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Evidently, therefore, the median line of sight itself is doubled, and becomes two lines, which, resting on the nose on each side, run out parallel to each other indefinitely. Between these two lines the binocular eye (combined eyes) looks out along the combined visual line at a distant object. If the median line be occupied by a real visible line or a rod, we shall see two parallel lines or rods. If the median plane be occu

pied by a real plane, we shall see two parallel planes bounding the binocular field of view on each side, between which we look.

These facts are represented by the diagrams Figs. 84 and 85. In Fig. 84, B represents a rod resting on the root of the nose n, and held in place by the point of the finger A; R and I are the two eyes, and v and v the two visual lines in a parallel position. Such is the actual condition of things. Now Fig. 85 represents the visual results. It is seen that the nose n, the rod B, and the finger-point A of fig. 84 are all doubled, as n n', 63', a a' of fig. 85; while the two eyes, R and L, and the two visual lines, v and v, of fig. 84, are combined in the middle as the binocular eye E, which looks out along the combined visual line V between the parallel rods 66', of fig 85.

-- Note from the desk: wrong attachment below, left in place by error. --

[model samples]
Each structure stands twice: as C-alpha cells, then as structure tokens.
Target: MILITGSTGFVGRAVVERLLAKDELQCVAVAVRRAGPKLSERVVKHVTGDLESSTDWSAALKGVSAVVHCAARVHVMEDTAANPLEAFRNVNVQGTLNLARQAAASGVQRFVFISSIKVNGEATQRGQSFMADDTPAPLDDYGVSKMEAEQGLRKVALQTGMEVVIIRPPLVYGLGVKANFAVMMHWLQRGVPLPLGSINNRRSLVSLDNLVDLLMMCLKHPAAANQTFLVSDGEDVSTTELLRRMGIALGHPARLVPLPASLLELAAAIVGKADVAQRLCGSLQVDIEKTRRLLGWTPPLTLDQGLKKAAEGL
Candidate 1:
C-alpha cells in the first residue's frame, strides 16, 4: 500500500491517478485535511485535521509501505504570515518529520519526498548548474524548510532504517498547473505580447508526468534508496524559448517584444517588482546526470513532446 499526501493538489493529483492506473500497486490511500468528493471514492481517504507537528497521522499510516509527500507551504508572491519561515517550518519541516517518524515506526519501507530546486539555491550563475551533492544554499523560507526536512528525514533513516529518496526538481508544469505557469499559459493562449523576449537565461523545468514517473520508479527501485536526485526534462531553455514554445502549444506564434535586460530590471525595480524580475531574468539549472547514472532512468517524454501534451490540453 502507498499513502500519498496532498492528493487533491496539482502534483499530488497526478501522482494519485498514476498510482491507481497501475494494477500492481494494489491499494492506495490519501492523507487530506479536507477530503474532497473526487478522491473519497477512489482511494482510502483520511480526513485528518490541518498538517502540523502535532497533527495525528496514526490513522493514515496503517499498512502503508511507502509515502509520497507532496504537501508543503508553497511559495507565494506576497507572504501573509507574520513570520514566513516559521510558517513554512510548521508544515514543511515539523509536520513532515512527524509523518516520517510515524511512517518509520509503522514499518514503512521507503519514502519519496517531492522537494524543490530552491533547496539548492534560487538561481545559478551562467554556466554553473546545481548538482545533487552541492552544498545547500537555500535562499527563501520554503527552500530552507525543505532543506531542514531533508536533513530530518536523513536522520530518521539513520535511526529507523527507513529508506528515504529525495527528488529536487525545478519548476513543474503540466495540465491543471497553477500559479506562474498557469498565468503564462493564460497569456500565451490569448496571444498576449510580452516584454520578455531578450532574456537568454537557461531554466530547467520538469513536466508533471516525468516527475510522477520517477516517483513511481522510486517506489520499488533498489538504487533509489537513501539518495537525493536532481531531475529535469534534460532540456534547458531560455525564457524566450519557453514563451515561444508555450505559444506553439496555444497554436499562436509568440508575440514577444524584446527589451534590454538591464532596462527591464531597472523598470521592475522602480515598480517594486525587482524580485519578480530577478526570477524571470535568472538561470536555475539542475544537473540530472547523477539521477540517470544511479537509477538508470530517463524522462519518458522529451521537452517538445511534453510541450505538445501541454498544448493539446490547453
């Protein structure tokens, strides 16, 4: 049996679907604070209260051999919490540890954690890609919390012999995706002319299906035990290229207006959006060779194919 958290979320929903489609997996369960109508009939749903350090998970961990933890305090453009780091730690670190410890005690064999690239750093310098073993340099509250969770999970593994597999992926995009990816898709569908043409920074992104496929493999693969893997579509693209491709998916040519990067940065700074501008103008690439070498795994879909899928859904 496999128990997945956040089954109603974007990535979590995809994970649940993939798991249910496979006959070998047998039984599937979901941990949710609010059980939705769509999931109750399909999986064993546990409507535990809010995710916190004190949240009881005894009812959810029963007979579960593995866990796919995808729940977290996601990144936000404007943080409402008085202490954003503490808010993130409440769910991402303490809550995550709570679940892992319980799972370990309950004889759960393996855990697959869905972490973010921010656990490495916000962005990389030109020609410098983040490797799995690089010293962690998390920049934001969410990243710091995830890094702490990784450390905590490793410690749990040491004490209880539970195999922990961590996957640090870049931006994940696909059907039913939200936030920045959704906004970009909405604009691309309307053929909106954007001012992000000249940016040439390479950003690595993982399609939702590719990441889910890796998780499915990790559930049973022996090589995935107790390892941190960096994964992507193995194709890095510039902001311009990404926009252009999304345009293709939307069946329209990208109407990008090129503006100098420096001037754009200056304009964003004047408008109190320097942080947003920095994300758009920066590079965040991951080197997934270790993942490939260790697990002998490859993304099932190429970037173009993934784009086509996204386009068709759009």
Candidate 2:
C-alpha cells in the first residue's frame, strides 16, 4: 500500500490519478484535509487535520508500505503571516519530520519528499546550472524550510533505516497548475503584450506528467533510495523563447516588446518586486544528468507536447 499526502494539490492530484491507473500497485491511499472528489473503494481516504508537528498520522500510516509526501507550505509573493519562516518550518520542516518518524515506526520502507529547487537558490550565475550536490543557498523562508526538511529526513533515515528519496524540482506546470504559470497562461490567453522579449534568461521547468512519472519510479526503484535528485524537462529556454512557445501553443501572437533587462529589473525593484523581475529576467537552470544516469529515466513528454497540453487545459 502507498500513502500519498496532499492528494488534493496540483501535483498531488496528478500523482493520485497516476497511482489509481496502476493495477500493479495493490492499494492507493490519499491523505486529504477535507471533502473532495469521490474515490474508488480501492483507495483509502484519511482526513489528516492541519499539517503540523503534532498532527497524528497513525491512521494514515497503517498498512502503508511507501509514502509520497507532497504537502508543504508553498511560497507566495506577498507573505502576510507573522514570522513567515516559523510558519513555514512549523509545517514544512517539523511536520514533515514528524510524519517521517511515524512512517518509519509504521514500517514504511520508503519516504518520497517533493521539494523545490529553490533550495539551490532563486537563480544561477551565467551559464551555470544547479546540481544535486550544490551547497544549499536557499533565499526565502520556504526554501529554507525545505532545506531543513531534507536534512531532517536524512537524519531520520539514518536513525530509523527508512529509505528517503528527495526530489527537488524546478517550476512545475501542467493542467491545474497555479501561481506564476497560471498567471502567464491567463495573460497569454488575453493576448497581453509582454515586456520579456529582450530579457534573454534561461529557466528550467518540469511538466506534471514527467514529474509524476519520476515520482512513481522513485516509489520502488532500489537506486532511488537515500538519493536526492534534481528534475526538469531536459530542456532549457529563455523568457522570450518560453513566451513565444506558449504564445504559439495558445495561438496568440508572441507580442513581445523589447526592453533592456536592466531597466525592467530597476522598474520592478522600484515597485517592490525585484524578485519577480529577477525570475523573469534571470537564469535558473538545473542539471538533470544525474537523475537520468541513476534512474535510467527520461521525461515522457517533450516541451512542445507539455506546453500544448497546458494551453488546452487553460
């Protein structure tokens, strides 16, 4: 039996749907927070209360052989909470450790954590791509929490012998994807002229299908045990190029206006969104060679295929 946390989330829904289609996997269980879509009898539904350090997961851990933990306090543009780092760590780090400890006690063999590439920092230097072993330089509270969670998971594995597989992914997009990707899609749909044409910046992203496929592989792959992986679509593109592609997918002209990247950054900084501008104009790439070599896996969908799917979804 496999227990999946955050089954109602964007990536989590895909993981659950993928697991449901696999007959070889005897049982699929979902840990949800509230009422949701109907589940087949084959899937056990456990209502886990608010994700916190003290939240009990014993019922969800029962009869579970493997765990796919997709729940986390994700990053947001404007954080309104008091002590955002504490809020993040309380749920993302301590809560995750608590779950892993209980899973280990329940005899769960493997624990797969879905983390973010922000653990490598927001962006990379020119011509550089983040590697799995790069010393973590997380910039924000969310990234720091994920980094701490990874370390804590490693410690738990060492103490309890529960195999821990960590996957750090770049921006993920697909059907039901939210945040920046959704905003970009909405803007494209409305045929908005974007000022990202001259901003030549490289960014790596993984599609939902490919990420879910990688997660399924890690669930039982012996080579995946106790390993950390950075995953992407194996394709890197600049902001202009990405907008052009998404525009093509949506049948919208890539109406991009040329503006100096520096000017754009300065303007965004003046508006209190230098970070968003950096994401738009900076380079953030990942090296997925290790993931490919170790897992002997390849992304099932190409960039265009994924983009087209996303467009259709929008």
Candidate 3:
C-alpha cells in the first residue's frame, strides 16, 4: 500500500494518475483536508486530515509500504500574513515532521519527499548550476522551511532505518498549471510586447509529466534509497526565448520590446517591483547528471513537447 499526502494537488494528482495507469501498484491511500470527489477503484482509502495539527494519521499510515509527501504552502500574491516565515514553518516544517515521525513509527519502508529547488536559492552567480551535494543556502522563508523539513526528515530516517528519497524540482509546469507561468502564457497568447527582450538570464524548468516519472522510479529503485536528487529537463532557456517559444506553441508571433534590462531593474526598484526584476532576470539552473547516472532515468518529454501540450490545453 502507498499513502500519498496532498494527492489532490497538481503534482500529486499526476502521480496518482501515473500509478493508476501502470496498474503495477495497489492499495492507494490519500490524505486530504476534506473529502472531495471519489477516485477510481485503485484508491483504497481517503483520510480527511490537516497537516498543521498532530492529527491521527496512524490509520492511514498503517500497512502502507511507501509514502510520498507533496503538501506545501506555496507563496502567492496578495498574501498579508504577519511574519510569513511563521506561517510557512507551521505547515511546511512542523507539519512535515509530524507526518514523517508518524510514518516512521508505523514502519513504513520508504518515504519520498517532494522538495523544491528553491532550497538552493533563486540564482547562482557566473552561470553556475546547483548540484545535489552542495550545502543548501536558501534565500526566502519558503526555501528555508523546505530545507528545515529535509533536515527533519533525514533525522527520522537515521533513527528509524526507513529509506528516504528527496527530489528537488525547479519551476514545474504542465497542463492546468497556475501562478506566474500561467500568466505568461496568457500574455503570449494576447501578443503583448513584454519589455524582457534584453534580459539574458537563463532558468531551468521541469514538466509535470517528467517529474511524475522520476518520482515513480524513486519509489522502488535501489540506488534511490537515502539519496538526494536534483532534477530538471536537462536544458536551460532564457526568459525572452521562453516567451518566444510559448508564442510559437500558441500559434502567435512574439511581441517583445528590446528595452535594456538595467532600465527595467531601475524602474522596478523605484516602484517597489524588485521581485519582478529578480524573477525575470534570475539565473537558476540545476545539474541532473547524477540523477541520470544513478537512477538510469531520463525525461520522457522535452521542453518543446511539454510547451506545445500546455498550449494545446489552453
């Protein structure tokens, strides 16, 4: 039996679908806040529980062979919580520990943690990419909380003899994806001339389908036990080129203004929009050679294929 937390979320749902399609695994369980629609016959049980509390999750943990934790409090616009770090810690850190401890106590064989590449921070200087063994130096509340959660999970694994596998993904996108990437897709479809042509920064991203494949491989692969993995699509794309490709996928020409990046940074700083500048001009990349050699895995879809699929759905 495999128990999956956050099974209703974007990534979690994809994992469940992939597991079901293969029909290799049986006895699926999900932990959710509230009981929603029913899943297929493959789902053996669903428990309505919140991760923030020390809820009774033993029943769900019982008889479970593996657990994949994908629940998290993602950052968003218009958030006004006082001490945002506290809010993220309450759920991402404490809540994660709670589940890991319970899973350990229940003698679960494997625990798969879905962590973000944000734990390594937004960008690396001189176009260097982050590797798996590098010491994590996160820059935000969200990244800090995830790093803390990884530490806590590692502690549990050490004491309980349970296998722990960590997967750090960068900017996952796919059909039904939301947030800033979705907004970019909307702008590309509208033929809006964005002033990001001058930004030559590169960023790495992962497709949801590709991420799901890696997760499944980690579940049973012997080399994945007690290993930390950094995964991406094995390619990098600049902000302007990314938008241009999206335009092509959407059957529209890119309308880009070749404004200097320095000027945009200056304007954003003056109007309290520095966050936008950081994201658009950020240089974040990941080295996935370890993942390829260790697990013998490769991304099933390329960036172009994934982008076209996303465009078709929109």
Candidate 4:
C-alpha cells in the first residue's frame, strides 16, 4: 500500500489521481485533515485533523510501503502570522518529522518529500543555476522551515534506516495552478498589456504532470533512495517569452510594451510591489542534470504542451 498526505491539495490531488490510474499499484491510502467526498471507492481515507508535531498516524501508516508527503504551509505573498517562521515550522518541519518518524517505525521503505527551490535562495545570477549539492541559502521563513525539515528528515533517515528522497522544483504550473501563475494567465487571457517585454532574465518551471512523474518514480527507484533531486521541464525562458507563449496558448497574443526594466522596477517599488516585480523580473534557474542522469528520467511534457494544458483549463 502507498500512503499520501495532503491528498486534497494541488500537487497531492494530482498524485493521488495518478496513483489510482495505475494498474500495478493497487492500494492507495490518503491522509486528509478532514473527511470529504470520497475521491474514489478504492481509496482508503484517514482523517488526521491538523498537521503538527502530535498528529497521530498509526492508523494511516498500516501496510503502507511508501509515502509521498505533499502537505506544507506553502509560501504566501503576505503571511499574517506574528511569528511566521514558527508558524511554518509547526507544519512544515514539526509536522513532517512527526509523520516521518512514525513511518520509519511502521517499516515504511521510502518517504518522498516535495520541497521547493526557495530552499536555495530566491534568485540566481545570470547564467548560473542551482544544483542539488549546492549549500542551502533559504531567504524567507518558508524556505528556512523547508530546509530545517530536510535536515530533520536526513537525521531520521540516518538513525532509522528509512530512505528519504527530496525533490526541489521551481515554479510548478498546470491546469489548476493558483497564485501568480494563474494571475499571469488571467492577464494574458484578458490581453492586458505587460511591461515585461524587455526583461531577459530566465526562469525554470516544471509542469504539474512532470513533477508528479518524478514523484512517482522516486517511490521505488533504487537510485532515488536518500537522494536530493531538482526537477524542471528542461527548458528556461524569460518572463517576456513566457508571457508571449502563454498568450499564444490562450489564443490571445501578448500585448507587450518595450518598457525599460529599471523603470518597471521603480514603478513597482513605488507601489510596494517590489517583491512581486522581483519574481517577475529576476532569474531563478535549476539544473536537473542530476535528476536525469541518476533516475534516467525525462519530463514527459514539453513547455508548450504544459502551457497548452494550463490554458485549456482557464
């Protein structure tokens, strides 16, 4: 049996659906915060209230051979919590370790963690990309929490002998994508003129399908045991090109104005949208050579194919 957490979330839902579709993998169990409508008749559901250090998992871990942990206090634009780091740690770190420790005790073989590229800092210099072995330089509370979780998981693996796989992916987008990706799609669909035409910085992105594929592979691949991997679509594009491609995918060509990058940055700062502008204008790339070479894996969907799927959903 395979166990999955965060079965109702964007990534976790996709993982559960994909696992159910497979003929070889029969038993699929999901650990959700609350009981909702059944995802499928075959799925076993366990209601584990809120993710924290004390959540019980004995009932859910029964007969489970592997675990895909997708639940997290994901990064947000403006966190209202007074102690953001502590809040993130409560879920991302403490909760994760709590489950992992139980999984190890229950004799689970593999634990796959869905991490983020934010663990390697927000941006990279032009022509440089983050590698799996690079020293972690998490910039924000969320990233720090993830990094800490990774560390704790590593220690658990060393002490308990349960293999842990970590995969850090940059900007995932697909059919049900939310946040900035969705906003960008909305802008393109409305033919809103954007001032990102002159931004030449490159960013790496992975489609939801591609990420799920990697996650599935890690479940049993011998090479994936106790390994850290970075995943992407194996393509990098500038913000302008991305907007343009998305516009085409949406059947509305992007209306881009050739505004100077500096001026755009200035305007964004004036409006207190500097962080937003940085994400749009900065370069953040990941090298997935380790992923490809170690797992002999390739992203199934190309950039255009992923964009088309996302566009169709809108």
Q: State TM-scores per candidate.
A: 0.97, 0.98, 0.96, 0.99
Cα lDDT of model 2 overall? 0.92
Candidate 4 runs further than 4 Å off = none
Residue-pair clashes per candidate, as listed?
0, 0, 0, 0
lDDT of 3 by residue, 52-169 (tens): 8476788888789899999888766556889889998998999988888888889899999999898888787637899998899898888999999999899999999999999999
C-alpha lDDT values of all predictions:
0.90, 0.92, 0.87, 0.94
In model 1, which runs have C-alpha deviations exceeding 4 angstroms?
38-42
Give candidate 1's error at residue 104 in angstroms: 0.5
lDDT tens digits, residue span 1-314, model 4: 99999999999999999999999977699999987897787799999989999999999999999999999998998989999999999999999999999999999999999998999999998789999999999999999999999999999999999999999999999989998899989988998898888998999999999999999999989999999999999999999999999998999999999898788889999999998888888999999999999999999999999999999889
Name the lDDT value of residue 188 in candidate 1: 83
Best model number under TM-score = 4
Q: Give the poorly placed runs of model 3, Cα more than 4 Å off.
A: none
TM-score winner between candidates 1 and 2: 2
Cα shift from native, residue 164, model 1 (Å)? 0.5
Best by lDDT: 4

As already stated, if instead of a rod we use a plane coincident with the median plane, then the plane is doubled, and we look between the doubled images. This is the case in using the stereoscope. The median plane of the stereoscope is doubled, and between its two images we look out on the combined pictures.

Experiment 4.-An excellent illustration of the fundamental fact, that in binocular vision the two eyes are moved to the middle and combined into a binocular eye, must be familiar to every one who has ever worn spectacles. If the spectacles are properly chosen, so that the distance between the centers of the two glasses is exactly equal to the interocular space, then we see but one glass exactly in the middle, through which the binocular eye seems to look. We would see two other glasses, monocular images, right and left, if these were not hidden by the nose. We do indeed see two others in these positions if we remove the spectacles to such